• Avoid wearing tight-fitting clothes and wear loose-fitted breathable garments.
      • Avoid using feminine hygiene products like- powder, deodorants, strong soaps, antiseptic creams, etc.
      • Always wear cotton and hypoallergenic underwear that is comfortable and feels good on your body.

      You may also like: Cranberry Juice For Urine Infection: Myths & Tips

      Foods to Consume to Recover Faster from a UTI

      Although one may require medical attention to treat a urinary tract infection, you can consider consuming a few of these power-packed foods to help you recover quickly! A few of the foods listed below can help relieve urine infection symptoms in women:

      1. Berries

      Cranberries, raspberries as well as blueberries can help you recover from a urinary tract infection. This is because they contain substances like proanthocyanidin that prevent the growth of infection-causing organisms residing on the urinary tract lining.

      2. High fiber foods

      Consider consuming foods such as bananas, nuts as well as oats because these can help in removing harmful bacteria residing in your urinary tract. Apart from that, they can also help in regulating your bowel movements, eventually relieving some pressure off the bladder.

      3. Salmon

      Omega-3 fatty acids from cold-water fish can indeed prevent inflammation caused due to a UTI. However, if you are a vegetarian, you can consider consuming fish oil supplements as well. Yet again, it is crucial that you seek your doctor before adding anything to your diet.


      In conclusion, urinary tract infections are a common health issue that affects millions of people every year. They are caused by bacteria and can affect different parts of the urinary system. Symptoms of UTIs include pain during urination, frequent urination, and cloudy or foul-smelling urine. Treatment for UTIs usually involves antibiotics and pain relievers. However, it is important to practice good hygiene habits and stay hydrated to prevent UTIs.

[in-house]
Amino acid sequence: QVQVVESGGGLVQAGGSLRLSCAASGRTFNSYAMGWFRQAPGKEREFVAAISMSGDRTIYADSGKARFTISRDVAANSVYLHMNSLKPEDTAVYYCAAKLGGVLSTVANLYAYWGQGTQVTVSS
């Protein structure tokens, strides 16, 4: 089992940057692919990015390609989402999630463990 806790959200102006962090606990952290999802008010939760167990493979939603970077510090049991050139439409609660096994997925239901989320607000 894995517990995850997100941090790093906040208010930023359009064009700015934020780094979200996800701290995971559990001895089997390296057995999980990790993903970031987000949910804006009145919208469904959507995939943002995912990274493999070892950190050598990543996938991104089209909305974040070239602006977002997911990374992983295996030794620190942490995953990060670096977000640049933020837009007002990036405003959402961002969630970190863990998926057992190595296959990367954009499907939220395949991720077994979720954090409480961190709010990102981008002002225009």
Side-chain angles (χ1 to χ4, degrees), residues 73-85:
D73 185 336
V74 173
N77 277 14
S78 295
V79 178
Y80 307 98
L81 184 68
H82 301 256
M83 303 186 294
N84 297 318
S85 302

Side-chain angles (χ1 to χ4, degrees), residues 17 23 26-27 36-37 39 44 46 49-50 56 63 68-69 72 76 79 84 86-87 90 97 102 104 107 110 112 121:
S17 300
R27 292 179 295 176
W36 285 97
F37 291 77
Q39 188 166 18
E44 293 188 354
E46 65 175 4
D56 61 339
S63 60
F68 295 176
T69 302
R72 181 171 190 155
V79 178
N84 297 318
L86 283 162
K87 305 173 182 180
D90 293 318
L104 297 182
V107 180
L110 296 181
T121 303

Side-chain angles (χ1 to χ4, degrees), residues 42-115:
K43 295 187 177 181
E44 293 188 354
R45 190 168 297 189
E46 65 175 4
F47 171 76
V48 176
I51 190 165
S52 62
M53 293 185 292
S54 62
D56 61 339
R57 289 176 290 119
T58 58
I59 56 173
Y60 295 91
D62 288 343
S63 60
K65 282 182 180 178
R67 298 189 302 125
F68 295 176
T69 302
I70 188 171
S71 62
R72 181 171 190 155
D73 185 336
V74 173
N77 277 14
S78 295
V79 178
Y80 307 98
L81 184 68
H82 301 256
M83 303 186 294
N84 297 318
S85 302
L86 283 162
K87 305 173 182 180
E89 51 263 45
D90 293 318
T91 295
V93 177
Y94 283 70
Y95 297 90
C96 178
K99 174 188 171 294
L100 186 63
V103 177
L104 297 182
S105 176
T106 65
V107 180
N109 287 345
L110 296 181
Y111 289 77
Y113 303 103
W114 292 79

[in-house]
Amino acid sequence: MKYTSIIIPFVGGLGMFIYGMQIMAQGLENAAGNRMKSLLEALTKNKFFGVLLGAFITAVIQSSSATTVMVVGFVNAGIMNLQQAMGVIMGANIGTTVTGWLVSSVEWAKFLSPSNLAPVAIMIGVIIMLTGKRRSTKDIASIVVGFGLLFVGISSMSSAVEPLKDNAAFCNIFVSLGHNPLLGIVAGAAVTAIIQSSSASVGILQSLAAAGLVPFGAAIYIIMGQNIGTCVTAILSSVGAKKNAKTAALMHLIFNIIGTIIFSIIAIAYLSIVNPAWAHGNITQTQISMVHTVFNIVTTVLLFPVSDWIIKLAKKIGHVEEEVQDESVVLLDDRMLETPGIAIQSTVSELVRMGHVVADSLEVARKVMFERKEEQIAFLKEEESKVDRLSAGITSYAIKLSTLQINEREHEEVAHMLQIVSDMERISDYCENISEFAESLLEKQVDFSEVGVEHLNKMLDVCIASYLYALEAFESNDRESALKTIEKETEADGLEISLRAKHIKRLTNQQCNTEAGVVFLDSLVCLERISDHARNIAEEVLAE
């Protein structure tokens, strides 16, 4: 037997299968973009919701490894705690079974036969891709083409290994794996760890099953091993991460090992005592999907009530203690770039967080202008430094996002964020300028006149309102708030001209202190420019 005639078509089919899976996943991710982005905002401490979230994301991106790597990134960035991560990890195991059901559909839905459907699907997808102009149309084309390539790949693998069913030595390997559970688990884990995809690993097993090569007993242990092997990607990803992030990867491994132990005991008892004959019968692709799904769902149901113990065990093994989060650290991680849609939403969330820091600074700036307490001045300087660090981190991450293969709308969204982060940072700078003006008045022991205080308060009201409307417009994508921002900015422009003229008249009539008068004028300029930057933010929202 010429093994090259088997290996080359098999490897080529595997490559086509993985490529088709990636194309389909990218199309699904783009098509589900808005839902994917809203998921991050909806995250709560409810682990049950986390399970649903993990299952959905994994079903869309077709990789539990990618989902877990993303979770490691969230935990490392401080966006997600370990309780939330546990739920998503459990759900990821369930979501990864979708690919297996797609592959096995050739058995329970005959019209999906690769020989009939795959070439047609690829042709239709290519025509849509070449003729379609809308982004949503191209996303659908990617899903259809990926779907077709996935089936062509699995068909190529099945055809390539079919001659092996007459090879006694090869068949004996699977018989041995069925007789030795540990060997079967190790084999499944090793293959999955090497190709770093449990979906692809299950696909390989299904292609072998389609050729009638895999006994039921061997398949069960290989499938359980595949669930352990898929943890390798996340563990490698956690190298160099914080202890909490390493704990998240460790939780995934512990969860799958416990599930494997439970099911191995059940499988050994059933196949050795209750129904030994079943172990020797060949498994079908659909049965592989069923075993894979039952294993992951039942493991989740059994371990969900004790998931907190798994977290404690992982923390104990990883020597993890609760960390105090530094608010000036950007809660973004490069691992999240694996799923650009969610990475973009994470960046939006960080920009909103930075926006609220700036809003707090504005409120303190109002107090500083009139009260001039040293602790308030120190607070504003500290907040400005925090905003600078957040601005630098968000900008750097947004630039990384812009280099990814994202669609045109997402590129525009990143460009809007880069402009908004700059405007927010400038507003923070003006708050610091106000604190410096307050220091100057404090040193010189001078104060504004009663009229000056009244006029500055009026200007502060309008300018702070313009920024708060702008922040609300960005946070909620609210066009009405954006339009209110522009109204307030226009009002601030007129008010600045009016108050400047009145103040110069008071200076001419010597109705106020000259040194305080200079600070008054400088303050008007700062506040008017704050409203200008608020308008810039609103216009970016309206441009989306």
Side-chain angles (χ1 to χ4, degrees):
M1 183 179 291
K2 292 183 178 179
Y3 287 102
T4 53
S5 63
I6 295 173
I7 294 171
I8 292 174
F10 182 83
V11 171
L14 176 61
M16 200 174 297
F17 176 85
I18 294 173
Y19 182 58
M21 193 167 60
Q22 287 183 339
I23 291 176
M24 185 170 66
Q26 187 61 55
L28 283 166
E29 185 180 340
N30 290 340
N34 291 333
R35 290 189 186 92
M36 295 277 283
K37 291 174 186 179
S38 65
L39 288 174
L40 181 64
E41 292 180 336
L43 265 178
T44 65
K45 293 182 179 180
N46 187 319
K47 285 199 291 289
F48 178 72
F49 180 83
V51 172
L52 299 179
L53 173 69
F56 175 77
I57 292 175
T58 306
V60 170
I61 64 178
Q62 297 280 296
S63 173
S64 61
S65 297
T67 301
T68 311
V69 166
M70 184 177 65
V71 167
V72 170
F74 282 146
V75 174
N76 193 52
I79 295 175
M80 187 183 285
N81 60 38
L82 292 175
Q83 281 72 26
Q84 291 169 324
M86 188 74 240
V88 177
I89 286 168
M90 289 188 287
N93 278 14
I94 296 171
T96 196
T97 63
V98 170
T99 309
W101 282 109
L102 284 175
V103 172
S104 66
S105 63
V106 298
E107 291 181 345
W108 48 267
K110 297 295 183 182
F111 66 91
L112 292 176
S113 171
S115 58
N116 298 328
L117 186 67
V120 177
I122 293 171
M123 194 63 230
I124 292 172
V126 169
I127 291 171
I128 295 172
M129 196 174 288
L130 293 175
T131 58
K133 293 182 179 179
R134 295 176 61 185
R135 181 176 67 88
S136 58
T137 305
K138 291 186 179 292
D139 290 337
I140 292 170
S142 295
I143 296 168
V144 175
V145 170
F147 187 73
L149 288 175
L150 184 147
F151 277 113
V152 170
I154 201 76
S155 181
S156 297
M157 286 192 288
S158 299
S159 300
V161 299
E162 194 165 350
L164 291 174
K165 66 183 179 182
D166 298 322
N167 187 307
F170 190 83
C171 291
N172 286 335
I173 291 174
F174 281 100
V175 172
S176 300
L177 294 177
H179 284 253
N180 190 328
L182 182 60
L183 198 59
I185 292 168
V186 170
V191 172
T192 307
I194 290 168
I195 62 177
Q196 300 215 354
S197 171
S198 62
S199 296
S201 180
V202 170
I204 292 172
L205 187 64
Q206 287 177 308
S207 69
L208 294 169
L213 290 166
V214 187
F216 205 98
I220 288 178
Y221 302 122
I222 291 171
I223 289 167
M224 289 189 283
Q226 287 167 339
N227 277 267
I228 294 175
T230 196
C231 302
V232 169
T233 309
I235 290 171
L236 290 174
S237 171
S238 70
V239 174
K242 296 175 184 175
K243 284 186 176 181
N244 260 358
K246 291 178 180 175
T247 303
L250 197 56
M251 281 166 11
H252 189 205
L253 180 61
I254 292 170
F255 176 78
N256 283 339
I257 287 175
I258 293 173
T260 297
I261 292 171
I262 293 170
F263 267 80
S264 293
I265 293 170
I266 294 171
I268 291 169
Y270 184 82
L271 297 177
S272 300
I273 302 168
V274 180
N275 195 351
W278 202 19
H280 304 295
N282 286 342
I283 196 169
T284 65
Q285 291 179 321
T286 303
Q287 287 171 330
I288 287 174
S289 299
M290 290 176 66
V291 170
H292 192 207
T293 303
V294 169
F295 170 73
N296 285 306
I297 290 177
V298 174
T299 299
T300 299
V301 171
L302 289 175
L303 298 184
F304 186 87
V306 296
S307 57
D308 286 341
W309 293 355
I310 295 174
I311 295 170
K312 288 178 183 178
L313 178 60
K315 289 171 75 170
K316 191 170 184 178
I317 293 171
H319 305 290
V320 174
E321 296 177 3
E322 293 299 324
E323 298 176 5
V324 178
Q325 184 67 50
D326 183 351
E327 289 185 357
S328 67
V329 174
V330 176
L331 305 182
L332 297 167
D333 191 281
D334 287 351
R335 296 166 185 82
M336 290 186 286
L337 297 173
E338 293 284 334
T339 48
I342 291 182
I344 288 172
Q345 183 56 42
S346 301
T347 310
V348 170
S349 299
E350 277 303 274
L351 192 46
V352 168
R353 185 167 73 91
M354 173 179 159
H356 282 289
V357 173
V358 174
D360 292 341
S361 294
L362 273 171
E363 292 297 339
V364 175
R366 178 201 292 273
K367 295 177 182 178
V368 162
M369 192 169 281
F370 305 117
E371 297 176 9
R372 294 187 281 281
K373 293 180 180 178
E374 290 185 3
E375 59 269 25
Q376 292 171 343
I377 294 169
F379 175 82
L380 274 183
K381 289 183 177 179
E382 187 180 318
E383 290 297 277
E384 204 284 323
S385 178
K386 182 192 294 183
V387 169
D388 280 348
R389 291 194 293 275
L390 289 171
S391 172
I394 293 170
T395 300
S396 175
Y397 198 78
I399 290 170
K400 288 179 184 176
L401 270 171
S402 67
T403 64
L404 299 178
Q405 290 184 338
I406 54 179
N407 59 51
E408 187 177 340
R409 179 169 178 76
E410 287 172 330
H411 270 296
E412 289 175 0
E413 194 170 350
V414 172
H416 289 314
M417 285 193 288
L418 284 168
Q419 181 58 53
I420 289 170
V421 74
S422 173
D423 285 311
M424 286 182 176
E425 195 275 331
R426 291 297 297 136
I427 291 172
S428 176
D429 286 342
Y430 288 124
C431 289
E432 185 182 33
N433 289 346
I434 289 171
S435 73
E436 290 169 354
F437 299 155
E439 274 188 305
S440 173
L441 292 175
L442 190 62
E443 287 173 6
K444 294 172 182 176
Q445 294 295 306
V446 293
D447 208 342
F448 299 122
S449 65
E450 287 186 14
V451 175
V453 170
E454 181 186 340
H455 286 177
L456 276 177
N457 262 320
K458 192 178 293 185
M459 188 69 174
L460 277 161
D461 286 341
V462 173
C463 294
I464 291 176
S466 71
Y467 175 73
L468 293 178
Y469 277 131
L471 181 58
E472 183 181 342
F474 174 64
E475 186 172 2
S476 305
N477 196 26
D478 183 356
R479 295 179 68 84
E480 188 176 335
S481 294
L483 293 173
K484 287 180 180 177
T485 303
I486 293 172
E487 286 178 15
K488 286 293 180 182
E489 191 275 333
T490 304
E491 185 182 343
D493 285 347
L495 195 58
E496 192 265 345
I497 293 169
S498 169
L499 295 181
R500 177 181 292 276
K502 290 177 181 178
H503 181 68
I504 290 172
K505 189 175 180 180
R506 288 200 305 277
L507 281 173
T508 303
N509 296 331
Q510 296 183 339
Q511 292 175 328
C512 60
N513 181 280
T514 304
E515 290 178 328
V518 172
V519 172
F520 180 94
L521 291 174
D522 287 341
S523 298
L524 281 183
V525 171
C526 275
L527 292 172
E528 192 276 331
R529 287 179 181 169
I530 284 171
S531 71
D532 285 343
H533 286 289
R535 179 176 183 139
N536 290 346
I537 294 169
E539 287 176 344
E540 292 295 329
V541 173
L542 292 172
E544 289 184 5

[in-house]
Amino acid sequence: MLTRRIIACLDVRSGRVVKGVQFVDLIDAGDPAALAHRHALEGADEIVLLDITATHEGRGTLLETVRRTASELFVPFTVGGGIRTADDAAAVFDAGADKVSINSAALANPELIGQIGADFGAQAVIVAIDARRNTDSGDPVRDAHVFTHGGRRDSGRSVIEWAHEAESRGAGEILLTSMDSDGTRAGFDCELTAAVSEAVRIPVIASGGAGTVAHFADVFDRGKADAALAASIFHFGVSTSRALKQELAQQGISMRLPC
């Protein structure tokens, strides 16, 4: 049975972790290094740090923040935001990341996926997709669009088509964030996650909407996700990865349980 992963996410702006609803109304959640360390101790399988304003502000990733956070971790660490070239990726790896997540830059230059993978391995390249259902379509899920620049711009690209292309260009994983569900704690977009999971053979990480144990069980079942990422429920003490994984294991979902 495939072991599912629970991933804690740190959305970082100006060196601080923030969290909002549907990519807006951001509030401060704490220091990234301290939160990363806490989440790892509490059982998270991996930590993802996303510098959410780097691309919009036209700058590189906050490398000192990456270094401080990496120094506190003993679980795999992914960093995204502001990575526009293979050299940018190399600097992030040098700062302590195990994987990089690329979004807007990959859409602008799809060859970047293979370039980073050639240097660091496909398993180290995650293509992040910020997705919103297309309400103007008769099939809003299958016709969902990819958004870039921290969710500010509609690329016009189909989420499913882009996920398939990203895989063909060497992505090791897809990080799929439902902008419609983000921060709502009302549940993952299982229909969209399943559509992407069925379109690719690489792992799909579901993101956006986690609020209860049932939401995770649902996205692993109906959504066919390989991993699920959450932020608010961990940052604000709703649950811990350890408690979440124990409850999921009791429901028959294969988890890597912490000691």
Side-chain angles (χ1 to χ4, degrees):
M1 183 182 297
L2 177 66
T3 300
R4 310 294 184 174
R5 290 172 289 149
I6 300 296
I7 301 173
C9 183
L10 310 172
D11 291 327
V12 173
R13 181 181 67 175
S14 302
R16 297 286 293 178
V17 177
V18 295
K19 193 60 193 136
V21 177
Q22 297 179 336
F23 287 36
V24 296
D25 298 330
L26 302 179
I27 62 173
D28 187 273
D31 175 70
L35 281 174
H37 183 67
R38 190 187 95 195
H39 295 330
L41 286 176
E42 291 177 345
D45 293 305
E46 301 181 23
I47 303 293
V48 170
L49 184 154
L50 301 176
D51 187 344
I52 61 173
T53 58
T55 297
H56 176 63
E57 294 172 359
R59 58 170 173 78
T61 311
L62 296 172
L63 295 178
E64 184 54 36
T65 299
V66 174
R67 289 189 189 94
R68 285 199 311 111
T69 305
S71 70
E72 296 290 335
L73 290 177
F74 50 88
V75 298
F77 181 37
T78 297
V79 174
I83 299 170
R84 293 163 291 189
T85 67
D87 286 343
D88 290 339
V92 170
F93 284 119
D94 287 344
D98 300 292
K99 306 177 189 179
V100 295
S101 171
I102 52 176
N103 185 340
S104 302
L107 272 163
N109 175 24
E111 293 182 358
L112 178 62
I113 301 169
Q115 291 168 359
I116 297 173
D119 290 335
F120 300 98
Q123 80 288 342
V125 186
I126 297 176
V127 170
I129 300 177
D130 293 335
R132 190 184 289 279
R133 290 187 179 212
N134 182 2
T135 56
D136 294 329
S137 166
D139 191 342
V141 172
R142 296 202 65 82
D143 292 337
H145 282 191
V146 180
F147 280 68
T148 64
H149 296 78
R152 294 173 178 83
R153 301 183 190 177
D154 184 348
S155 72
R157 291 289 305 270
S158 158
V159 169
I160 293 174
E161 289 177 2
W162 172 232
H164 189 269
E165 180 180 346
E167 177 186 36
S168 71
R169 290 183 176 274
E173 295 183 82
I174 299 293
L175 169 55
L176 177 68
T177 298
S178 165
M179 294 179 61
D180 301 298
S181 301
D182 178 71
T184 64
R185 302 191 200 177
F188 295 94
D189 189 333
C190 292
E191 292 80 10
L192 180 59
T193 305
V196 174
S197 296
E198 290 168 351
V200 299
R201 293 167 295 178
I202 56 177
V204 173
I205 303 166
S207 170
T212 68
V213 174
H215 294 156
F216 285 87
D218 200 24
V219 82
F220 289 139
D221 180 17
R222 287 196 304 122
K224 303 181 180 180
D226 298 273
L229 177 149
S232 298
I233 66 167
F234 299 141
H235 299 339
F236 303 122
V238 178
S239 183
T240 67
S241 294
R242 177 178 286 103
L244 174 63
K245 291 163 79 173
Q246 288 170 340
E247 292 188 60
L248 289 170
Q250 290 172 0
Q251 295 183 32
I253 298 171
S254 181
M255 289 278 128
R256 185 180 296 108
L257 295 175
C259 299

1. Tan CW, Chlebicki MP. (2016). Urinary tract infections in adults. Singapore Med Jorunal

      2. Abou Heidar NF, Degheili JA, Yacoubian AA, Khauli RB. (2019). Management of urinary tract infection in women: A practical approach for everyday practice. Urol Ann.

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      Written by

      Parul Sachdeva

      A globetrotter and a blogger by passion, Parul loves writing content. She has done M.Phil. in Journalism and Mass Communication and worked for more than 25 clients across Globe with a 100% job success rate. She has been associated with websites pertaining to parenting, travel, food, health & fitness and has also created SEO rich content for a variety of topics.